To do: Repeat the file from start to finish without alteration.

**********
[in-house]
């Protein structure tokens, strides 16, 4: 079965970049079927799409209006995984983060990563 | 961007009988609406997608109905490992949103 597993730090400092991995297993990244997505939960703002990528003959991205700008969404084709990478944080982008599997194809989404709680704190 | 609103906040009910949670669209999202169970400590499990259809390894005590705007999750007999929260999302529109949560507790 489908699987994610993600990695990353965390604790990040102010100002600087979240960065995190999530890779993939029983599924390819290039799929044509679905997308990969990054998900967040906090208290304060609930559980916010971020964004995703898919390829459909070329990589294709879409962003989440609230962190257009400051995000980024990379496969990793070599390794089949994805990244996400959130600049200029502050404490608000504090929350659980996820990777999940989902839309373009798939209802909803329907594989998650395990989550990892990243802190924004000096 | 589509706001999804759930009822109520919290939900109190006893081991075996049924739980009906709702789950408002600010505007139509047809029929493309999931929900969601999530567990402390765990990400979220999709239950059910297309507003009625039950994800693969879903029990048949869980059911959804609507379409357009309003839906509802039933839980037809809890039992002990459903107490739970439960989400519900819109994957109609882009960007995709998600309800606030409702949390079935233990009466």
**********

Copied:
[in-house]
């Protein structure tokens, strides 16, 4: 079965970049079927799409209006995984983060990563 | 961007009988609406997608109905490992949103 597993730090400092991995297993990244997505939960703002990528003959991205700008969404084709990478944080982008599997194809989404709680704190 | 609103906040009910949670669209999202169970400590499990259809390894005590705007999750007999929260999302529109949560507790 489908699987994610993600990695990353965390604790990040102010100002600087979240960065995190999530890779993939029983599924390819290039799929044509679905997308990969990054998900967040906090208290304060609930559980916010971020964004995703898919390829459909070329990589294709879409962003989440609230962190257009400051995000980024990379496969990793070599390794089949994805990244996400959130600049200029502050404490608000504090929350659980996820990777999940989902839309373009798939209802909803329907594989998650395990989550990892990243802190924004000096 | 589509706001999804759930009822109520919290939900109190006893081991075996049924739980009906709702789950408002600010505007139509047809029929493309999931929900969601999530567990402390765990990400979220999709239950059910297309507003009625039950994800693969879903029990048949869980059911959804609507379409357009309003839906509802039933839980037809809890039992002990459903107490739970439960989400519900819109994957109609882009960007995709998600309800606030409702949390079935233990009466």